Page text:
Claudia Cartee has worked as a professional studio potter since 1973. She was born into a family of artists. Her mother was a visual artist and her father was a musician and master mold maker. He was the one to set Claudia on her journey in clay by purchasing a potter’s wheel for her. She began her formal college-level studies in pottery and received her degree at California State University.
In 1978, she was asked to join the Craftsmen’s Guild of Mississippi. She was one of only a few female artists who worked with clay on a wheel. She has been a Guild Fellow since 1987. Ms. Cartee has served as president of the Guild and on the Board of Directors and has shown her work for decades at the popular Chimneyville Crafts Festival.
Ms. Cartee received a scholarship to study at The Penland School of Crafts in North Carolina, which she credits as a turning point in her career. A year after studying at Penland, she was awarded the Mississippi Arts Commission’s Artist Fellowship award. She received the honor again in 2012.
Among her clay sculptures and wall pieces, Ms. Cartee’s usable pottery and functional works are very popular with collectors. She signs her work “Ka”, which means the part of the spirit that lives on after death.
She has received numerous awards from juried shows and festivals throughout Mississippi and the region. Her gallery and museum exhibitions range from the Meridian Museum of Art to the Attic Gallery in Vicksburg, the University of Southern Mississippi’s Museum of Art, and the Mississippi Museum of Art, among many others. Her work resides in permanent collections throughout Mississippi.
Ms. Cartee’s exceptional success as a potter from rural Mississippi has cultivated arts tourism in Seminary, Mississippi, where her studio and sales gallery are located. She has shared her love of creating pottery by teaching throughout her career, mentoring clay artists and conducting countless workshops to help the next generation of potters.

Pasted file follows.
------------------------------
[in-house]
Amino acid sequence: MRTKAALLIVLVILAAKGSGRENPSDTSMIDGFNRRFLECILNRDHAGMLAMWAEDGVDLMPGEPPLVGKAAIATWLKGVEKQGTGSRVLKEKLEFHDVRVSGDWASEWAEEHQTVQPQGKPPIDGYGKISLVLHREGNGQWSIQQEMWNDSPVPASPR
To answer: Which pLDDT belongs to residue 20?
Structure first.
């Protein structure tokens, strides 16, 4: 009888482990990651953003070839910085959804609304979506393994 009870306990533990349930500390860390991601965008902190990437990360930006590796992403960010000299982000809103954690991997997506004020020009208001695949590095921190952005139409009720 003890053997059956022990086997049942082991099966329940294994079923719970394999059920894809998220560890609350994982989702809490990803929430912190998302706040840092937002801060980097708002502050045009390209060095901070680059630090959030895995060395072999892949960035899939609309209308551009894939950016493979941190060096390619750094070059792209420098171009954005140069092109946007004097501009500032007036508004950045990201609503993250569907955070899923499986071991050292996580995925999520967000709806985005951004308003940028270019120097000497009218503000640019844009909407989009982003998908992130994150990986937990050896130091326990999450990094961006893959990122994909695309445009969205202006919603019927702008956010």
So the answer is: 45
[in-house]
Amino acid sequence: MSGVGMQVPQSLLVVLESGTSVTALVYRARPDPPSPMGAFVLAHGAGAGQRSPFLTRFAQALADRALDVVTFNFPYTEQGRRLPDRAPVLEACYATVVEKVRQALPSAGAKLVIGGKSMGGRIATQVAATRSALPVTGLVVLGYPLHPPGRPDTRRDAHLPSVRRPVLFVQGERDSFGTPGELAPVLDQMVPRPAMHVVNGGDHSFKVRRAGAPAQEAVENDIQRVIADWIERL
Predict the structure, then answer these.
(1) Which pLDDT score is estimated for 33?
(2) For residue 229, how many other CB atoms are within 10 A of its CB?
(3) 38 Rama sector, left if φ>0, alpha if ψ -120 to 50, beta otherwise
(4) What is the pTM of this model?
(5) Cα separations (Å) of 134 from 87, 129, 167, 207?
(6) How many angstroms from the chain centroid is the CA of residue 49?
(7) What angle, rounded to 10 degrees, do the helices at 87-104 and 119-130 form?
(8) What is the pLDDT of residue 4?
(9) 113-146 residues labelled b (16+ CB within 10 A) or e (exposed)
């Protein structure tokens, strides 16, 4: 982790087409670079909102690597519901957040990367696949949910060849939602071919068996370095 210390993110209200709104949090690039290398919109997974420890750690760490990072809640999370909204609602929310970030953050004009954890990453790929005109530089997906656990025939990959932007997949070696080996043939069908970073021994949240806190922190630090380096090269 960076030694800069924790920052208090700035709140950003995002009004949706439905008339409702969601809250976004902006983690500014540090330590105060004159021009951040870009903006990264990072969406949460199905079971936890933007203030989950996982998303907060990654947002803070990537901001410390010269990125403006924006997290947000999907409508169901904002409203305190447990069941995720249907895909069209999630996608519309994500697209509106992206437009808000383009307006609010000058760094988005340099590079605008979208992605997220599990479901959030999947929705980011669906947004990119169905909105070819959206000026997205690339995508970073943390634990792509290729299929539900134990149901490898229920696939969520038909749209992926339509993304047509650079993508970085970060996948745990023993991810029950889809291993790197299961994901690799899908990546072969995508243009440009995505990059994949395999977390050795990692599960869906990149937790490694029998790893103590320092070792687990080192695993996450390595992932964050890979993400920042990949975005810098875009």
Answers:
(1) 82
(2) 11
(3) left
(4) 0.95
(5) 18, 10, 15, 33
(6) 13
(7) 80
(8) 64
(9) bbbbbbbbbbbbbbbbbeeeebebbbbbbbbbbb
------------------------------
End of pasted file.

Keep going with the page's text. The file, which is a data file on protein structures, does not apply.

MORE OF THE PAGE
Scott Barretta entered the world of blues scholarship when he edited Sweden’s Jefferson Blues magazine while teaching at Lund University. In 1999, Mr. Barretta became the editor of Living Blues magazine at the University of Mississippi where he began to form partnerships with Mississippi’s institutions of higher learning, museums, libraries, festivals, and economic development groups to promote Mississippi’s creative culture.
He is known for his encyclopedic knowledge of blues music and artists. Scott has written, researched, and consulted on many key projects in Mississippi. They include the interpretative signage for markers on the Mississippi Blues Trail, the K-12 Blues Curriculum for the Mississippi Arts Commission and the B.B. King Museum and Delta Interpretive Center, and the Grammy Museum – Mississippi.
Mr. Barretta entertains the public with his vast knowledge and enthusiasm during his weekly blues radio show Highway 61 on MPB Think Radio and his weekly column on the blues for The Clarion Ledger.
Mr. Barretta is currently co-producing a documentary film on Mississippi Fred McDowell and writing two books on the blues. He is also conducting editorial work for a music and oral histories project with Dr. William Ferris.
He is an ambassador for Mississippi and a preservationist of its musical heritage. He is known as a friend to and an advocate for blues musicians everywhere. Mr. Barretta’s passion and dedication to teaching Mississippians and the world about the state’s music culture is evident through his devotion to the music and the people of Mississippi.